What is your favourite childhood book?
  • The Little Grey Men – B.B. It was read to me by Miss Bond during the spring term of 1983 when I would have been aged 8. The whole adventure of Britain’s last gnomes trying to find their missing brother fascinated me. I had been living in South Africa until then and had about twenty different homes under my belt already before my brothers and I were sent back to England to live with our grandparents. It was no surprise then that this story resonated to a child desperate to know how his own parents were doing so far away. I've read the book to my own children and it must have had a similar affect as my eldest daughter was the one who suggested I should have gnomes appear in ‘Leavers Assembly’.
What’s next?
  • It’s that organic development of ideas and inspiration and it’s almost impossible to say, "I’m going to do this and I’m not going to do that", because as much as 'Leavers Assembly' is morally grounded in faith I wouldn’t say I’d avoid another spiritual theme nor would I distance myself from youth oriented subject matter. What I do know is that I have a semi-autobiographical plot set in South Africa reflecting my childhood crossed with a mysterious death within the family. I was interested in a local news article about a pensioner arrested 50 years after murdering a child in 1968 and he was only convicted because the victim’s brother aged 4 at the time was able to recall what he saw through a gap in a door. I’m fascinated by how we can erase painful memories from our mind until we trigger it back by something as simple as a photograph on Facebook. The phenomena of false memory also intrigues me and how the young can be tricked by adults. It gives me a great premise for a psychological and moral thriller not entirely a million miles away from 'Leavers Assembly'.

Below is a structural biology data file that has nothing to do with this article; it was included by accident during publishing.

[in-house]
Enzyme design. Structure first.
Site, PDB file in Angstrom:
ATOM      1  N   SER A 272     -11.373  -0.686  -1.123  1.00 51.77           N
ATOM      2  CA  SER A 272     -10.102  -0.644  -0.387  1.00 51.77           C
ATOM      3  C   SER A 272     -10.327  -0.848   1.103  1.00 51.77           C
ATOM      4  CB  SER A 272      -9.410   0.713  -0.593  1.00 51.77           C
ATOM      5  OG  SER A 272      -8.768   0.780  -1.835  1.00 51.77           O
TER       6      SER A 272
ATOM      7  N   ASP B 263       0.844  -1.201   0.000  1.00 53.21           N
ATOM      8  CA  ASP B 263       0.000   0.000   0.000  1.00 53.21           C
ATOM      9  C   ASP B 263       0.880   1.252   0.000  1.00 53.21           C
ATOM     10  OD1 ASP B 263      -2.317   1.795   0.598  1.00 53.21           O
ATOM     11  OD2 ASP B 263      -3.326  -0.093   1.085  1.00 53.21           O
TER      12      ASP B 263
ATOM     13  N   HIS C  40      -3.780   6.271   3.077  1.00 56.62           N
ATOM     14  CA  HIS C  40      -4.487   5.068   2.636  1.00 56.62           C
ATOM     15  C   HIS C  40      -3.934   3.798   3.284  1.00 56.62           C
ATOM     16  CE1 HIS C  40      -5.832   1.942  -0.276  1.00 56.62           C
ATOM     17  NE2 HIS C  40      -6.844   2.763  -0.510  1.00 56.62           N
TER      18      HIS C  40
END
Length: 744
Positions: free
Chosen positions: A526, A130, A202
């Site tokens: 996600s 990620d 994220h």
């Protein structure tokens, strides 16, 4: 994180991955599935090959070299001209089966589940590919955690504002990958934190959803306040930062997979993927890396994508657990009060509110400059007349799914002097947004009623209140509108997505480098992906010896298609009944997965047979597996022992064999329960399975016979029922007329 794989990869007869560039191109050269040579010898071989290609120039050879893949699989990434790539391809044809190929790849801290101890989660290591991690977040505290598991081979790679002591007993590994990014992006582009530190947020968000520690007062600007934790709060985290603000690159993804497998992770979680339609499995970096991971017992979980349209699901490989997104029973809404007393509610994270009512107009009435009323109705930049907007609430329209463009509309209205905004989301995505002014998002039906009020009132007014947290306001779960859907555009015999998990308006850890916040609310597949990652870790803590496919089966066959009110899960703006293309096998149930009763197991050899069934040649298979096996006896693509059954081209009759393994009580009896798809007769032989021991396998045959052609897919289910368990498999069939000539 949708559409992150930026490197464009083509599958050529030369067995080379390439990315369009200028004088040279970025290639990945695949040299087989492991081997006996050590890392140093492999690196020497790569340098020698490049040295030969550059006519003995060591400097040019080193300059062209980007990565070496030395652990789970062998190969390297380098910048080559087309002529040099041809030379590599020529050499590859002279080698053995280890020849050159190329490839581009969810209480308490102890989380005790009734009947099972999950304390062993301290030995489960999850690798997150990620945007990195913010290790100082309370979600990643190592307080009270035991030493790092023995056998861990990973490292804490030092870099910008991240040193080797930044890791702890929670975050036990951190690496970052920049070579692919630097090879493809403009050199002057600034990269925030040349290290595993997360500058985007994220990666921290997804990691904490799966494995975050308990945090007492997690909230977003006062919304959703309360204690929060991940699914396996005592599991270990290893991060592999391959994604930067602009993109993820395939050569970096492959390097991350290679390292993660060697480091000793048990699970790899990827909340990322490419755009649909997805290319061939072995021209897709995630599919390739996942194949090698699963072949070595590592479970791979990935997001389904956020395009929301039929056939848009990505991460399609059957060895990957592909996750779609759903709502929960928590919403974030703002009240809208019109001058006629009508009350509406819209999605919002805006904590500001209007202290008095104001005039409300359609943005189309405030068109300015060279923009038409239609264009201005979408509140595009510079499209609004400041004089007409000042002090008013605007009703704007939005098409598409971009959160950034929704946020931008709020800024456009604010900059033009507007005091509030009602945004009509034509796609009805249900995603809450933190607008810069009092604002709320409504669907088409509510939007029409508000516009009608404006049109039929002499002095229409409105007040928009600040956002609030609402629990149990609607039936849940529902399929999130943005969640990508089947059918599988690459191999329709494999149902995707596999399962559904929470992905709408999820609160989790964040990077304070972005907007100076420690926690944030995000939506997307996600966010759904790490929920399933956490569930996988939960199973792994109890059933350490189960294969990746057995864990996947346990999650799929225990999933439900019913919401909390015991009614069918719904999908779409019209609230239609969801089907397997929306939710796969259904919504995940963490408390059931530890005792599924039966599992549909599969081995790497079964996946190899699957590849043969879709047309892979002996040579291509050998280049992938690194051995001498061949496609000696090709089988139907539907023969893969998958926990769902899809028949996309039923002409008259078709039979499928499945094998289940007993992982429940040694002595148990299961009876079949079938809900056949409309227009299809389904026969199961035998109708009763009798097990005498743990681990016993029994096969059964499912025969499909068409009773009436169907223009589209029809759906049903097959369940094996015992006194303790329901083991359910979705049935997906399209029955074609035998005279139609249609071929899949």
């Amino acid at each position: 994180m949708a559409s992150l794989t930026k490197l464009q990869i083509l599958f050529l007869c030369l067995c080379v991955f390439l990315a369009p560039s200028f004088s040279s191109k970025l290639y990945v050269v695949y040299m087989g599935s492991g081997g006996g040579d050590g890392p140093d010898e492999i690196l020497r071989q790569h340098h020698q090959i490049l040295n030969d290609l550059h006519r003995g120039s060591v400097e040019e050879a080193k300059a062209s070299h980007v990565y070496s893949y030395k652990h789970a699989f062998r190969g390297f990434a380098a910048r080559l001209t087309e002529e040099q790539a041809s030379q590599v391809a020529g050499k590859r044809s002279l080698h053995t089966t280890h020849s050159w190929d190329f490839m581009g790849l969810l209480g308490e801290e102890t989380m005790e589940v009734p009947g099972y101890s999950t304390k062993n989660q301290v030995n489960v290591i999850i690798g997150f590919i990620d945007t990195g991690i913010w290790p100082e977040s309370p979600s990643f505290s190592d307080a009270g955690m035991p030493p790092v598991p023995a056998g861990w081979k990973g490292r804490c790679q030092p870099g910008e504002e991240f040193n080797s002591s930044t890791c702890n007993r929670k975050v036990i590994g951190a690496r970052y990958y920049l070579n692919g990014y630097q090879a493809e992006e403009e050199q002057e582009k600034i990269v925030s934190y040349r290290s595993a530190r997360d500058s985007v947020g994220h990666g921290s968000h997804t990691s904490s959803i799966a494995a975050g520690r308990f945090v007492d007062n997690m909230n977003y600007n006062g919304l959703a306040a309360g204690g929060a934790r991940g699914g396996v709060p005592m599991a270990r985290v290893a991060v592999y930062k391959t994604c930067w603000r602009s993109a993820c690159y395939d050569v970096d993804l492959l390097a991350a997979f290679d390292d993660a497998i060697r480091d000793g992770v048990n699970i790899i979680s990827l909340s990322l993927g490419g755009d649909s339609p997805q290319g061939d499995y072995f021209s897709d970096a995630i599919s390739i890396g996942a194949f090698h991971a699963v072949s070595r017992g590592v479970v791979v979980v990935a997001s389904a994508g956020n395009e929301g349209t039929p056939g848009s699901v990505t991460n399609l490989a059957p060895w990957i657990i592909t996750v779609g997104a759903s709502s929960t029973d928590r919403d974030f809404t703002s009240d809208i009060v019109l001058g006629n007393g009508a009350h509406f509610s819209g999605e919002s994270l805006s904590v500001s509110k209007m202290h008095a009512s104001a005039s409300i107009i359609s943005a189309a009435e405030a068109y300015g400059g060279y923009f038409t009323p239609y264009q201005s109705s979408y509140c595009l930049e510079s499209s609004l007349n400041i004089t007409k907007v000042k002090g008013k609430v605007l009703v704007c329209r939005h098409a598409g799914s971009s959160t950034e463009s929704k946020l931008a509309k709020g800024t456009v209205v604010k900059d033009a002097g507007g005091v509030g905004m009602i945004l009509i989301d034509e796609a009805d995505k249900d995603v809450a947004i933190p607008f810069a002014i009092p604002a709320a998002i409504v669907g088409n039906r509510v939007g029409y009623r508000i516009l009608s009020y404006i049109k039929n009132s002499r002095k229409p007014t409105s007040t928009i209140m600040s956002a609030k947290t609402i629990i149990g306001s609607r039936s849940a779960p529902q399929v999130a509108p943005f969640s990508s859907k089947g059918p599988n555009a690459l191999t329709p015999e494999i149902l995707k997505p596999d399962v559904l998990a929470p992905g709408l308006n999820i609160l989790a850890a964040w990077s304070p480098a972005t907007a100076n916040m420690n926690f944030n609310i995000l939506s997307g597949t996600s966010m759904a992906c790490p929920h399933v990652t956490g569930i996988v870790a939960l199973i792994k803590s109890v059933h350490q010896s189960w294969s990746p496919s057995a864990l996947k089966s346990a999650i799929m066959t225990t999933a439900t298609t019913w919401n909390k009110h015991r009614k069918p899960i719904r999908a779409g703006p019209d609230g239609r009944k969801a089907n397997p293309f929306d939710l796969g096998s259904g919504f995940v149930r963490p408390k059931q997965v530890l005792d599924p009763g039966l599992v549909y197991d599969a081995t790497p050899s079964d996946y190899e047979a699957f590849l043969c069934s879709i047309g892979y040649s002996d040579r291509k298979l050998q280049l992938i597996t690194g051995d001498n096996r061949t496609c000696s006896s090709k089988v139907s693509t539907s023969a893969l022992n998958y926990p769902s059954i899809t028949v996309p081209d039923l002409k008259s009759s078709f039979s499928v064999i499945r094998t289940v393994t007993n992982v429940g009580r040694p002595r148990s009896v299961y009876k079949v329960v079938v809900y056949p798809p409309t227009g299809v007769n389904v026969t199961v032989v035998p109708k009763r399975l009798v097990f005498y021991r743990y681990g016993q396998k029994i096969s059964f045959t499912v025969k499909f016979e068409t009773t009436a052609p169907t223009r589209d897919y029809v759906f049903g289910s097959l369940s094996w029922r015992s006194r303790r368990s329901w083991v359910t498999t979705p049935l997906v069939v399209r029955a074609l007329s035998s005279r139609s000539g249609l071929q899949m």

Authors – click here to learn about Profile


This 'Back to the Future' meets 'Butterfly Effect' time travel fantasy casts Craig, a 45 year old father and separated husband, back into 1988 alongside his old school friend and partner in crime, Anthony, a much more free spirit. Returned now as teenagers they must relive those harsh formative years of growing up in the industrial North East under the watchful eye of God, the Devil and with far more scrutiny... his future wife.

Inspired by the spiritual thought: 'When Does God Know We're Criminally Responsible?'

"Very well written and thought out. I absolutely love the plot and story." - Heather Spinks

For over thirty years school friends Craig and Anthony have avoided punishment for their part in a tragic crime. Unfortunately, they’re now facing eternal damnation. However, God requires a walk-through of those crucial events to decide whether an adult soul should be convicted on youthful testimony.

"I loved it." - Vicky Gibbins

Both men are thrown back to a long-lost Easter holiday to leave behind a teenage trail of incriminating evidence as they retrace those catastrophic steps to the bitter end.Two virtual strangers must figure out the best form of defence is not to point the finger, but to face one’s own demons; those personally repressed in childhood... and very actual hellish beasts.

"I was entertained all the way through." - Joel Newnham

Christian Frank, writer and presenter of the Mixcloud award nominated and HBA shortlisted weekly radio show 'The Lemon Circus' for twenty-five years finally turns his hand to the novel.